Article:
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Childhood Disorders

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on 25 October 2012

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Transcript of Childhood Disorders

Childhood and Adolescent Disorders Considerations when diagnosing children
Who is the referral source?
What is the presenting problem?
Who are the primary informants?
Child
Parents
Teachers Mental Retardation
Significantly below average general intellectual functioning.
Measured using IQ or its equivalent using standardized tests.
WISC-3, Stanford-Binet-4 Diagnostic Criteria
Mild Mental Retardation
IQ of 50-55 to 70
Moderate Mental Retardation
IQ of 35-40 to 50-55
Severe Mental Retardation
IQ of 20-25 to 35-40
Profound Mental Retardation
IQ below 20-25 Mild Mental Retardation
85% of people with disorder
Academic skills up to 6th grade
Unskilled or semiskilled work under supervision Moderate Mental Retardation
10% of people with disorder
Academic skills up to 2nd grade
Unskilled work under supervision Severe Mental Retardation
3-4% of people with disorder
Limited communication skills Profound Mental Retardation
Usually neurologically based 1% prevalence rate
High comorbidity with other mental disorders Diagnostic Criteria
IQ below 70 on IQ testing
Deficits in adaptive functioning in two areas:
Communication, self-care, home living, interpersonal skills, use of community resources, self-direction, academics, work, health, safety
Onset must be before 18 years Autistic Disorders Pervasive Developmental Disorder NOS Pervasive Developmental Disorders
Severe & pervasive impairment in the following developmental areas:
Social interaction, communication, presence of stereotyped behavior, interests, and activities Diagnostic Criteria
Six of the following items with at least two from impairment in social interaction Impairment in social interaction
Use of multiple non-verbals (eye contact, facial expression)
Failure to develop peer relationships
Lack of spontaneous social interaction
Lack of social/emotional responss Impairment in communication
Delay in spoken language development
If language is present, impairment in conversational ability
Stereotyped and repetitive use of language
Lack of make-believe play Restricted repetitive and stereotyped patterns fo behaviors, interests, and activities
Preoccupation with interests abnormal in intensity or focus
Inflexible routines or rituals
Stereotyped or repetitive mannerisms
Persistent preoccupation with parts of objects Abnormal functioning in social interaction, language, or symbolic/imaginative play before age 3 Remember, prior to 3 years old.
Best prognosis is developed langauge skills and IQ level Often children with autism will appear unresponsive to parents early in life, parents will sometimes believe child is deaf. Asperger's Disorder Impairment in at least two of the following areas:
Use of multiple non-verbals (eye contact, facial expression)
Failure to develop peer relationships
Lack of spontaneous social interaction
Lack of social/emotional responses Restricted repetitive and stereotyped patterns fo behaviors, interests, and activities
Preoccupation with interests abnormal in intensity or focus
Inflexible routines or rituals
Stereotyped or repetitive mannerisms
Persistent preoccupation with parts of objects Disturbances cause significant impairment in social, occupational, other important areas No language delays
No cognitive or adaptive delays Atypical autisms that do not fit other categories
late age of onset
subthreshold symptomolgy Mental retardation prominent in autistic disorder but not Asperger's disorder.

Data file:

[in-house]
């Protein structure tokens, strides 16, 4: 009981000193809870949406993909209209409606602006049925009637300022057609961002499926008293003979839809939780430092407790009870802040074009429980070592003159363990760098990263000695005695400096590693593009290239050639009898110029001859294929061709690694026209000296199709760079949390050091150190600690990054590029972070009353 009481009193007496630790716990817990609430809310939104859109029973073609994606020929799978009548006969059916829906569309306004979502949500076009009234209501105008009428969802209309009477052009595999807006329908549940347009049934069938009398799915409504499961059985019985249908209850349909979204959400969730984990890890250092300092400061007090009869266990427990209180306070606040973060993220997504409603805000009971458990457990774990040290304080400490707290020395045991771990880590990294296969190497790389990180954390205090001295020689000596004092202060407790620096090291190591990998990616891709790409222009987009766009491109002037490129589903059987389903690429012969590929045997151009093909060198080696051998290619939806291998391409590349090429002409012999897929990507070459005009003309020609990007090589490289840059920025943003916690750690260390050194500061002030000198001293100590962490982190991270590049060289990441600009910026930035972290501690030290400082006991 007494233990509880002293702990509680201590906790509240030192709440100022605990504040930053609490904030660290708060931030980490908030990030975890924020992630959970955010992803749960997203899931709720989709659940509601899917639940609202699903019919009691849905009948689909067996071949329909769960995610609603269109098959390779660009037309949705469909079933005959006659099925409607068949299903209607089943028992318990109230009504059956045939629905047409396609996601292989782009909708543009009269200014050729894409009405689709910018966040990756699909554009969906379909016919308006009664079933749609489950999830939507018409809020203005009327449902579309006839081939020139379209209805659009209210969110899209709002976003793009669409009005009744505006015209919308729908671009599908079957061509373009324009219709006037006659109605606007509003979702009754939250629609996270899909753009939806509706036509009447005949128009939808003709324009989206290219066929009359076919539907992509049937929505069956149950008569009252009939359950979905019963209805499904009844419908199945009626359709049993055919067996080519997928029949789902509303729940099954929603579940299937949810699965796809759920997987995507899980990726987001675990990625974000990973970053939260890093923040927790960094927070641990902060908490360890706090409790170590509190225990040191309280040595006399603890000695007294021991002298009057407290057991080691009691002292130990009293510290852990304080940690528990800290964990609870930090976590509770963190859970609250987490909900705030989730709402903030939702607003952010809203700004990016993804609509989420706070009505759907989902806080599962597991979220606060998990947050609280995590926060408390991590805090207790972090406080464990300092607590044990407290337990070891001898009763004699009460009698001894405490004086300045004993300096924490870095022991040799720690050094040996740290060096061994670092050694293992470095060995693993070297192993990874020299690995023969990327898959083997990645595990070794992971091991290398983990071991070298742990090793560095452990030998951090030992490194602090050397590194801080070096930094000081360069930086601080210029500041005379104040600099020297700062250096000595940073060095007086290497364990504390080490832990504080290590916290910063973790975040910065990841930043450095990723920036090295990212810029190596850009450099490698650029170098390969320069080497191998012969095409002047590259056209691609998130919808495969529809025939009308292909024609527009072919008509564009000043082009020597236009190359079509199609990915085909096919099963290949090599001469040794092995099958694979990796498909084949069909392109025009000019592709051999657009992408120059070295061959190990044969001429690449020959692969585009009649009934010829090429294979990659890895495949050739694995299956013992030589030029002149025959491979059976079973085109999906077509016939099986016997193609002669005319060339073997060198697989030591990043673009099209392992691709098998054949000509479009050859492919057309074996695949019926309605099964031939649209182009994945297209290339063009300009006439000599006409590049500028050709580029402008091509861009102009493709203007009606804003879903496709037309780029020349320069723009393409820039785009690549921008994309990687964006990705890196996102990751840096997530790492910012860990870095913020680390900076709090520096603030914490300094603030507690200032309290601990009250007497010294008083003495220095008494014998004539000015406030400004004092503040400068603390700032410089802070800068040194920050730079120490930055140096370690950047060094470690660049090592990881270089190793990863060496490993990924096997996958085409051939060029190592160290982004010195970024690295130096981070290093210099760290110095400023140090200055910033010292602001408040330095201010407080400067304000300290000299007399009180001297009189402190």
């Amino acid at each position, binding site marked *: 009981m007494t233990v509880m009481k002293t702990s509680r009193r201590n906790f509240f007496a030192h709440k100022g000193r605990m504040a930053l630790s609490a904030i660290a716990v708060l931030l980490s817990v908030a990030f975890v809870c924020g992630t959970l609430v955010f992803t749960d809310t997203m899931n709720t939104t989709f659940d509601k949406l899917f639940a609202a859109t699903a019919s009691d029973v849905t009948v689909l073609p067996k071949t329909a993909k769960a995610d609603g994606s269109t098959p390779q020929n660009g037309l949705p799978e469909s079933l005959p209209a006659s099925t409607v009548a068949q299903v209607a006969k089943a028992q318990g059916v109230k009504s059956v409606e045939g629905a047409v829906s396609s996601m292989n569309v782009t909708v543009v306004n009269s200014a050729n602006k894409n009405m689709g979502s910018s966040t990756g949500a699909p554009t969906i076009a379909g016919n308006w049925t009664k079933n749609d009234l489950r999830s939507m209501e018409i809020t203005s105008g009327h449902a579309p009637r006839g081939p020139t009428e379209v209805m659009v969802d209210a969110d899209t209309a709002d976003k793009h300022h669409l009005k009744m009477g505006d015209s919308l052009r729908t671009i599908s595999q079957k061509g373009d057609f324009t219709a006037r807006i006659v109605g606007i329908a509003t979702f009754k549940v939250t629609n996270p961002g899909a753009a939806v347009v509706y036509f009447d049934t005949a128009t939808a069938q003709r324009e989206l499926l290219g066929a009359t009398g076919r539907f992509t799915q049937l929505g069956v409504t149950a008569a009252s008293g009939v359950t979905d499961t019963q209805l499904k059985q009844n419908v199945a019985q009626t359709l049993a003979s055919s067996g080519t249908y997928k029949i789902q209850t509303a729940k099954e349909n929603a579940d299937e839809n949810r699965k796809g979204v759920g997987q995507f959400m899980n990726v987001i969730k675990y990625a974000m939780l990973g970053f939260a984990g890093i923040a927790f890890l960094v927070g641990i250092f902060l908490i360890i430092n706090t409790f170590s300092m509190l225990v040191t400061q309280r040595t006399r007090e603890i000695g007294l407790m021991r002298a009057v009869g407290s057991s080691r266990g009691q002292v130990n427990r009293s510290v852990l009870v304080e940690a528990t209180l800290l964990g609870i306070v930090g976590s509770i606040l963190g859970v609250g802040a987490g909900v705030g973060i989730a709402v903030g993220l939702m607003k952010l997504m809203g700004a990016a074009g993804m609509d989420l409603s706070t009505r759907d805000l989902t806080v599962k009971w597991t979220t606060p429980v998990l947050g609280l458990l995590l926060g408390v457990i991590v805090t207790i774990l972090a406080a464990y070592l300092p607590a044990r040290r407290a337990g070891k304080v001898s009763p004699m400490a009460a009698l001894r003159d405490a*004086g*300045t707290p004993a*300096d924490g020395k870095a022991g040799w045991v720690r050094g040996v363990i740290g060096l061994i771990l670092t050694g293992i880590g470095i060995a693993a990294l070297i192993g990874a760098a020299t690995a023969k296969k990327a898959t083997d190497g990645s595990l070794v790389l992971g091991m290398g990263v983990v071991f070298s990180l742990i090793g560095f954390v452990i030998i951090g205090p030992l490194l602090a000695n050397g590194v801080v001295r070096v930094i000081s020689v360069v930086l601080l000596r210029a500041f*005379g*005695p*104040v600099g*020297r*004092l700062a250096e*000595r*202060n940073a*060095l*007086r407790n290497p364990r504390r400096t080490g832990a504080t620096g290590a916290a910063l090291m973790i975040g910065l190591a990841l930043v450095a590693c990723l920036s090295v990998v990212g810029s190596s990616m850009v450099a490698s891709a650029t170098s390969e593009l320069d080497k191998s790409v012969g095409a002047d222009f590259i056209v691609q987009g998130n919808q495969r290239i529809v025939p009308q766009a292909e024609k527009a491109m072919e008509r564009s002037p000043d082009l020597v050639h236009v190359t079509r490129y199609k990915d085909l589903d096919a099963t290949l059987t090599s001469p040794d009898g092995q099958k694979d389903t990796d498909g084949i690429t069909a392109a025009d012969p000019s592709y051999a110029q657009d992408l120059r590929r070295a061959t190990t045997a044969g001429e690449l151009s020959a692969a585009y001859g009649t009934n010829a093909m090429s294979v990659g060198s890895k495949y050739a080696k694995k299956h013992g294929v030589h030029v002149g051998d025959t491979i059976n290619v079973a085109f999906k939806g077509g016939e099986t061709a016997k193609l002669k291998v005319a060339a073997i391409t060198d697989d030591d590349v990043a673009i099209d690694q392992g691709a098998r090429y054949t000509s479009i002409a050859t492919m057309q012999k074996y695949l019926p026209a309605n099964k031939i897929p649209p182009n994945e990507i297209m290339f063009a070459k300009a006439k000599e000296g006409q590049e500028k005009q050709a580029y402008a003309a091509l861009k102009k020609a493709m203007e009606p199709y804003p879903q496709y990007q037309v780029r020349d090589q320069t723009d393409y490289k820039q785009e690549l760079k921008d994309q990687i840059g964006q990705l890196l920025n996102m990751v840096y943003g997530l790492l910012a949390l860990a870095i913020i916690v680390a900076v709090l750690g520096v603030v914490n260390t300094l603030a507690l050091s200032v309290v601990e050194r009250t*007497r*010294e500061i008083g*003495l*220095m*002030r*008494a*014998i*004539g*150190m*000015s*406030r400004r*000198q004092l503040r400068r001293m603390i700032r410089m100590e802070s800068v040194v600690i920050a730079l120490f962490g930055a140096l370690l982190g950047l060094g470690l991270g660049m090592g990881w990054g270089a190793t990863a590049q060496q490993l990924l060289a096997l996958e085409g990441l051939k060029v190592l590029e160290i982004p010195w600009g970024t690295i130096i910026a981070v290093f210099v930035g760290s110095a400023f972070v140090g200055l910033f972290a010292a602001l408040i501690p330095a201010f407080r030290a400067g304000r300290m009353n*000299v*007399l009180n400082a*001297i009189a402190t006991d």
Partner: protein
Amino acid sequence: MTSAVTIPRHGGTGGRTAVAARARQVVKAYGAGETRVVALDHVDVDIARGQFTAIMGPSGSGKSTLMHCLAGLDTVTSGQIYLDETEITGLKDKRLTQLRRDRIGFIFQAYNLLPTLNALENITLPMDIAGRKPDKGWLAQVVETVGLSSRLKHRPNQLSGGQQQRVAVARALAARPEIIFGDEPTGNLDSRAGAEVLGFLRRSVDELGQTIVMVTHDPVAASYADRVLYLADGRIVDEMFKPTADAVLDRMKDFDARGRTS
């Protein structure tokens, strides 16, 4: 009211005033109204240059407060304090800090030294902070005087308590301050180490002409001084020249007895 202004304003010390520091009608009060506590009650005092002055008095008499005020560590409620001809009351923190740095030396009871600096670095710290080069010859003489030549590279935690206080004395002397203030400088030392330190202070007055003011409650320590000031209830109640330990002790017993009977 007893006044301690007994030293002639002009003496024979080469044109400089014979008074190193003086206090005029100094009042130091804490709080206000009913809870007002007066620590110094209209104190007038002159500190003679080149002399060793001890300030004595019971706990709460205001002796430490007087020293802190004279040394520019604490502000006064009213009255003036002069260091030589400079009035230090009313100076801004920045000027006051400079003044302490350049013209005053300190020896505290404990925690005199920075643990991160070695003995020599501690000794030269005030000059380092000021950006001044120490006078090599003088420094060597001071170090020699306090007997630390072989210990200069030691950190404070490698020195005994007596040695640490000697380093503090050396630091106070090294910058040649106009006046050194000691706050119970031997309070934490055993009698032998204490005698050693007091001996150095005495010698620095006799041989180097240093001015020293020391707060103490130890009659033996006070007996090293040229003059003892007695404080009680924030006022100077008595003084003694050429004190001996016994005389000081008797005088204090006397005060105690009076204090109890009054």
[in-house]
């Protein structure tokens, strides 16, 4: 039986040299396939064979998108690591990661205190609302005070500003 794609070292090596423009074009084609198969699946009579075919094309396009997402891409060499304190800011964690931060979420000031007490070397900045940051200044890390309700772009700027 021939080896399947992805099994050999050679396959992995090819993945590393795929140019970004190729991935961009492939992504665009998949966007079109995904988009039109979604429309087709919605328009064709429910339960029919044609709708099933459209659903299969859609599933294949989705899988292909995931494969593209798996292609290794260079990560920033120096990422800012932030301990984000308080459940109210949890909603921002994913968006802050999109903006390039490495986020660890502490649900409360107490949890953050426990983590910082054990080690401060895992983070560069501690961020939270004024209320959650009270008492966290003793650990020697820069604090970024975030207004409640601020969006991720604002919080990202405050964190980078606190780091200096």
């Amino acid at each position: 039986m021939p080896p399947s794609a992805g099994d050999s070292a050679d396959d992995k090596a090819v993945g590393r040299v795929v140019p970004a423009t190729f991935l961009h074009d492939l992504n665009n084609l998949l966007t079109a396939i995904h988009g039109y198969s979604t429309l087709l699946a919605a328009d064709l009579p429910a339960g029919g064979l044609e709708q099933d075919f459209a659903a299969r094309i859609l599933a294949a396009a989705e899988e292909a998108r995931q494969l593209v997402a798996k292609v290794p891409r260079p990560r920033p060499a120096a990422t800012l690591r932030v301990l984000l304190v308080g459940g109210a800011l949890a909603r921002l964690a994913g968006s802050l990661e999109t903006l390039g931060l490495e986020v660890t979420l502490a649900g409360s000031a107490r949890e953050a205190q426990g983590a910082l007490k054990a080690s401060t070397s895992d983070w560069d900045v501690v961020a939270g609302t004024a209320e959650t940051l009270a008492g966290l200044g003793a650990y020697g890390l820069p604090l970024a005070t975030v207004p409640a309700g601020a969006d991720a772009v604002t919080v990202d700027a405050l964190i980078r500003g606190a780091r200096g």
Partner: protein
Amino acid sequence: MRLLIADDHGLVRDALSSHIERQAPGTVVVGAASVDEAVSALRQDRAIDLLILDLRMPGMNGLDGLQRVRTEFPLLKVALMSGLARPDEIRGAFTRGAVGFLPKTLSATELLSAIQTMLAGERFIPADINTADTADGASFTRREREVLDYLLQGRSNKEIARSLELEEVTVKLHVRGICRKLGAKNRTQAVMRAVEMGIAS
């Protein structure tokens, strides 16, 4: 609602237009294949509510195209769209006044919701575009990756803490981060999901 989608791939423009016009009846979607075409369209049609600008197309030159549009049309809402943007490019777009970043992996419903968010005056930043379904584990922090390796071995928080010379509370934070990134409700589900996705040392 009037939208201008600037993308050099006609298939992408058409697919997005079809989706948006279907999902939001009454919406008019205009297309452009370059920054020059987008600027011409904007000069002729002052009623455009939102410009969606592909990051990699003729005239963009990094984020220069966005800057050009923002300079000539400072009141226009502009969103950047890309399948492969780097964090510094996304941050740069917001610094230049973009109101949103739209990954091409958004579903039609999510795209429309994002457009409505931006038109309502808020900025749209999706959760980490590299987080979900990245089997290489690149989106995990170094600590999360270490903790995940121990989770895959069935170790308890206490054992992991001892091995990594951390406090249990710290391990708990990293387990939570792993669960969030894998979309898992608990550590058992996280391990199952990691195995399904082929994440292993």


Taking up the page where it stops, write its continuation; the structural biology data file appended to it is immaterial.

Asperger's disorder highly comorbid with ADHD and depression Conduct Disorder Aggression to people and animals

1. often bullies, threatens, or intimidates others

2. often initiates physical fights

3. has used a weapon that can cause serious physical harm to others (e.g., a bat, brick, broken bottle, knife, gun)

4. has been physically cruel to people

5. has been physically cruel to animals

6. has stolen while confronting a victim (e.g., mugging, purse snatching, extortion, armed robbery)

7. has forced someone into sexual activity

Destruction of property

8. has deliberately engaged in fire setting with the intention of causing serious damage

9. has deliberately destroyed others’ property (other than by fire setting)

Deceitfulness or theft

10. has broken into someone else’s house, building, or car

11. often lies to obtain goods or favors or to avoid obligations (i.e., “cons” others)

12. has stolen items of nontrivial value without confronting a victim (e.g., shoplifting, but without breaking and entering; forgery)

Serious violations of rules
13. often stays out at night despite parental prohibitions, beginning before age 13 years . (In adults, often violates rules of family life, e.g., neglects basic needs of a child.)

14. has run away from home overnight at least twice while living in parental or parental surrogate home, or once without returning for a lengthy period. (In adults, often violates major societal norms, e.g., rulings of the court or conditions of parole/probation or rules of a public agency or residential setting.)

15. is often truant from school, beginning before age 13 years. (In adults or adolescents not in school, often violates rules of the workplace, e.g., chronic work absenteeism without acceptable reason.)

B. The disturbance in behavior causes clinically significant impairment in social, academic, or occupational functioning.

Subtypes based on age at onset:
Conduct Disorder, Childhood-Onset Type: onset of at least one criterion characteristic of Conduct Disorder prior to age 10 years

Conduct Disorder, Adolescent-Onset Type: absence of any criteria characteristic of Conduct Disorder prior to age 10 years

Conduct Disorder, Unspecified Onset: age at onset is not known DSM-V Changes Attention Deficit Hyperactivity Disorder Diagnostic Criteria

IA. Six or more of the following signs of inattention have been present for at least 6 months to a point that is disruptive and inappropriate for developmental level: